13. Several people have reported problems getting this example to work, so I’ve taken it upon myself to revise it appropriately. I think the main issue was that you need BOTH a client and server in order to get Comet-style messaging working. The revised blog post walks you through the whole setup before you attempt to send any test messages using either browser to server to browser messaging or server to browser messaging.

    Please, if you are so inclined, run these instructions and let me know if there are still any leftover kinks.


  14. Thanks for your comment, Jan. The maven build that failed was actually for the cometd source that I got from

    Truth be told, it was just easier for me to build the code myself using the ant build.xml that I had already created for my project than to diagnose the problems with the maven build.

    But, if you want to know, here’s the exact error I got:

    [INFO] Trace org.apache.maven.lifecycle.LifecycleExecutionException: Cannot execute mojo: resources. It requires a project with an existing pom.xml, but the build is not using one.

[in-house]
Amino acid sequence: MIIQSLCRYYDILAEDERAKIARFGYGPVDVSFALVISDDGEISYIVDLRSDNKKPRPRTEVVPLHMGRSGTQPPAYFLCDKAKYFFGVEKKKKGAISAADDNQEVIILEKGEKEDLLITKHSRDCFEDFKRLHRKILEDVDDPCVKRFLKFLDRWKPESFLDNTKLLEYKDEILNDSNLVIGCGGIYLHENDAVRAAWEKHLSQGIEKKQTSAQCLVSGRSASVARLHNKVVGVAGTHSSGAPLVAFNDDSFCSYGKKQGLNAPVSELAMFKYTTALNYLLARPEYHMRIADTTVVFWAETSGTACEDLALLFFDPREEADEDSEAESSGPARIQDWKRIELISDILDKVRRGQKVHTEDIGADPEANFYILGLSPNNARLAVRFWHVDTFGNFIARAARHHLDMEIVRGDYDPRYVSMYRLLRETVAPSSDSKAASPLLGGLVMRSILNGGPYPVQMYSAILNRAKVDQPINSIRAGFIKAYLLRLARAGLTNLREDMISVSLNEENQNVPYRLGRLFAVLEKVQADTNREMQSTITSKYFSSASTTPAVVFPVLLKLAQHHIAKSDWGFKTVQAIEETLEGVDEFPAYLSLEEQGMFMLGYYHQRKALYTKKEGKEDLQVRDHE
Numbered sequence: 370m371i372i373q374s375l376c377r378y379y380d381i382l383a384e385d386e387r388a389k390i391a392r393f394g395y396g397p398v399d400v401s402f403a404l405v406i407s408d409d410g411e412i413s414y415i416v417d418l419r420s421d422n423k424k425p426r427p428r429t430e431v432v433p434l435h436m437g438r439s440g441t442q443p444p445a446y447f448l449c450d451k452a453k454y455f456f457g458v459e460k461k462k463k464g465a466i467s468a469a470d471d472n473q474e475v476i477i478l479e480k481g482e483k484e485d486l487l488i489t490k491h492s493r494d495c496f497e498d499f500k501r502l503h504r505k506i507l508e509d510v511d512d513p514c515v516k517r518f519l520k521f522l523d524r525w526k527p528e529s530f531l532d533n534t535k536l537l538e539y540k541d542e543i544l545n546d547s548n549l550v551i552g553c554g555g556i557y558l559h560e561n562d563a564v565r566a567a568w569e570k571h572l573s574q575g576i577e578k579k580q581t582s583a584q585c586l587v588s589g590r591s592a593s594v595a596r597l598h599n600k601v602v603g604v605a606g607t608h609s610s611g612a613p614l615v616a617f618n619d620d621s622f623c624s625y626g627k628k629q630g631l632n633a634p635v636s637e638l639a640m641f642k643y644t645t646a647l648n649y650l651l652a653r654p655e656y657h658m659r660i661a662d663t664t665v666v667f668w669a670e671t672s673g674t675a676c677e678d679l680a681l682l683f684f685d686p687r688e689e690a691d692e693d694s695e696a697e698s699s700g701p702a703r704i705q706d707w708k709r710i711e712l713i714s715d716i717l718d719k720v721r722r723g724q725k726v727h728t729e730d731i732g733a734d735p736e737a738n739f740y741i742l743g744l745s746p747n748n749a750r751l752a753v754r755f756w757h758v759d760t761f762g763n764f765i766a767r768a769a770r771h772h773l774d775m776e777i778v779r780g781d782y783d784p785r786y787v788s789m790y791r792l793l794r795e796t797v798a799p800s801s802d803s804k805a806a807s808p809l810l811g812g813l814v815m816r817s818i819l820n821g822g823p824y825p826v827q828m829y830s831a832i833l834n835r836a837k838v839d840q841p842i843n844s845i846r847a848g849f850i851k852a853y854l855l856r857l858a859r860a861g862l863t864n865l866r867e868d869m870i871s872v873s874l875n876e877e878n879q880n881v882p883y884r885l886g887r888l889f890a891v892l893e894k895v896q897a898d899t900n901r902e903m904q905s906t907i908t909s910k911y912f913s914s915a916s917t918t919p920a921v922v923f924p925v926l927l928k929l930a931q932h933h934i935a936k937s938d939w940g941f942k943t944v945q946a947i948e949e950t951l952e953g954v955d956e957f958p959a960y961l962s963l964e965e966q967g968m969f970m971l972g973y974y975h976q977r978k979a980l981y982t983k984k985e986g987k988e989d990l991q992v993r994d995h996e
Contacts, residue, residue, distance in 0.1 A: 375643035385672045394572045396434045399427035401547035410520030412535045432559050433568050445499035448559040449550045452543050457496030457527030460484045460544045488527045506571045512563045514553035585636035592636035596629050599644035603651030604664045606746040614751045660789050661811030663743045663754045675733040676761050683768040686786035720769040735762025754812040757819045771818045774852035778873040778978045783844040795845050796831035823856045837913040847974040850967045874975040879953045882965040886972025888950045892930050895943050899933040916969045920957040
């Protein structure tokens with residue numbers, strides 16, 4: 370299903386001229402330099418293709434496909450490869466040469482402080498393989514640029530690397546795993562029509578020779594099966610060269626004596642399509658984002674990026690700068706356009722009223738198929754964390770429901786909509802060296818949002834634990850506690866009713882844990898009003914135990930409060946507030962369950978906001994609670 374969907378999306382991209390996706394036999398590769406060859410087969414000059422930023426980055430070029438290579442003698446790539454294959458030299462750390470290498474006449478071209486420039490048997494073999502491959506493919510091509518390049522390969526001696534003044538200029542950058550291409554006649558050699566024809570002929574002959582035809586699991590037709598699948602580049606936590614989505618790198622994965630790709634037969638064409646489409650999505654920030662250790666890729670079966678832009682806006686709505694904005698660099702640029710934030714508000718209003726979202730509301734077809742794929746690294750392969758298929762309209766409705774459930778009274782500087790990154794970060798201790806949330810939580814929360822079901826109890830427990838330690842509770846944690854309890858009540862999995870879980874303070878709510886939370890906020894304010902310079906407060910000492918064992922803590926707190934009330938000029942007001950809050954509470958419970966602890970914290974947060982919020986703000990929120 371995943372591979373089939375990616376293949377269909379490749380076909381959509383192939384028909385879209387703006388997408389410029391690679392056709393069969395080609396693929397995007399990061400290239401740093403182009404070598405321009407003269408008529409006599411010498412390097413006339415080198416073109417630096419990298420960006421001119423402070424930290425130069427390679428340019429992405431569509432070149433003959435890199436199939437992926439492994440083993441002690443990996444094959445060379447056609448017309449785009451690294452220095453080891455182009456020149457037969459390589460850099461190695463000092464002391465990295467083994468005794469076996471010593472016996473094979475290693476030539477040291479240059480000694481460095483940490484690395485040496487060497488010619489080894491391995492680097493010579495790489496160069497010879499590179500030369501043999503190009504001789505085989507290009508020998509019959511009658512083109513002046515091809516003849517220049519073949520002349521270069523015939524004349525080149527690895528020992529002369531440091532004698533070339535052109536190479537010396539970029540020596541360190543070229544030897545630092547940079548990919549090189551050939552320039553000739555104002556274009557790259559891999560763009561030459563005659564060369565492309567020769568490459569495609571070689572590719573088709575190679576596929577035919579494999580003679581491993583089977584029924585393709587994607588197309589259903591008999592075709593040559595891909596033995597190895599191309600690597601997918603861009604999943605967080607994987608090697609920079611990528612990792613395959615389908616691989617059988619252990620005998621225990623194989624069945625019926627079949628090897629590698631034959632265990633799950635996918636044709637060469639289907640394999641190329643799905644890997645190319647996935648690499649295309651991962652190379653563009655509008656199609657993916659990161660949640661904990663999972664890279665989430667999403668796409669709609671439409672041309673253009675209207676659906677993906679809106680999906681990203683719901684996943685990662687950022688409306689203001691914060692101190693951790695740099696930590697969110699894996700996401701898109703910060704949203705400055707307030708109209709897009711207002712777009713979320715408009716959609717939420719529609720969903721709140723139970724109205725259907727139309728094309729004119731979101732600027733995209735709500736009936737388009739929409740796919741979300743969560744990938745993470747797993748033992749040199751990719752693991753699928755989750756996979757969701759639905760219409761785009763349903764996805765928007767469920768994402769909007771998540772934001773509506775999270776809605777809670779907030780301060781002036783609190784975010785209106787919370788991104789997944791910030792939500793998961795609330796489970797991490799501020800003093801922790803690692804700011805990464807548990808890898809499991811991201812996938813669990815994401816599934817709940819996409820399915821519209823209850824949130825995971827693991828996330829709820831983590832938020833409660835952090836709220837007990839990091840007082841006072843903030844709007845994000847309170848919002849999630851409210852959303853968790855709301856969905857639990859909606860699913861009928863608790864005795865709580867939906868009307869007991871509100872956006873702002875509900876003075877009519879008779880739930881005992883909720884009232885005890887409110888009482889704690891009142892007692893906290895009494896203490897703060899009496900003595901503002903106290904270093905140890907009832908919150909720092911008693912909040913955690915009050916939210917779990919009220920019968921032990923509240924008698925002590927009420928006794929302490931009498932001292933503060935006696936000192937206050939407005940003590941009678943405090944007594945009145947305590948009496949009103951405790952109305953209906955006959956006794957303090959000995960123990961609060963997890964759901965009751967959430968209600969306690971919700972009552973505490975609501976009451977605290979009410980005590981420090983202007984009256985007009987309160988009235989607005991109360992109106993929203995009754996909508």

It was just easier, for the purposes of this hello world, to compile Jetty’s servlet-based cometd implementation into Tomcat than to figure out how to build and run Jetty. However, given what you said about performance and scale-ability, I realize that we should do some serious performance testing on Jetty to see how continuations can help. Yes, I knew about continuations and the performance implications of not having them, but for the prototype — as you correctly surmised — I didn’t care.

    On a related note, some people have asked me offline what on earth we’re doing with comet and Plumtree. The answer is: you’ll know when we launch it. 😉

  15. Chris,

    I’d be interested to know what aspect of the Jetty build did not work for you.

    Also, bear in mind that Jetty has the Continuations
    mechanism, which means that an Ajax application will scale very well under load in Jetty. The link above illustrates the load pattern imposed by Ajax apps with some pretty interesting figures. Of course, for a “Hello World” type demo, load is pretty irrelevant 🙂

  16. Something I neglected to mention — I got the latest version of the cometd source from:


    I didn’t modify the source at all — I just dropped it into my Eclipse project and compiled it against the Jetty 6.0.1 jars. Right now my build puts the cometd classes in WEB-INF/classes and the jars in WEB-INF/lib, just like any Java web application. It shouldn’t make any difference if you war it or ear it up and drop it into jboss or any Java application server — there’s no reason AFAIK that your web server has to be Jetty.

  17. sorry to bother you again.


    With the jetty Code I’m looking at doesn’t have a ‘newClient’ method.

    What version were you using?

    I’m using

    Jeff Porter

  18. Great article Chris.

    Just working my through the demo stuff now.

    and …

    1) YEP, VERY!

    2) Will do. Just need clear it with my boss.

    Jeff Porter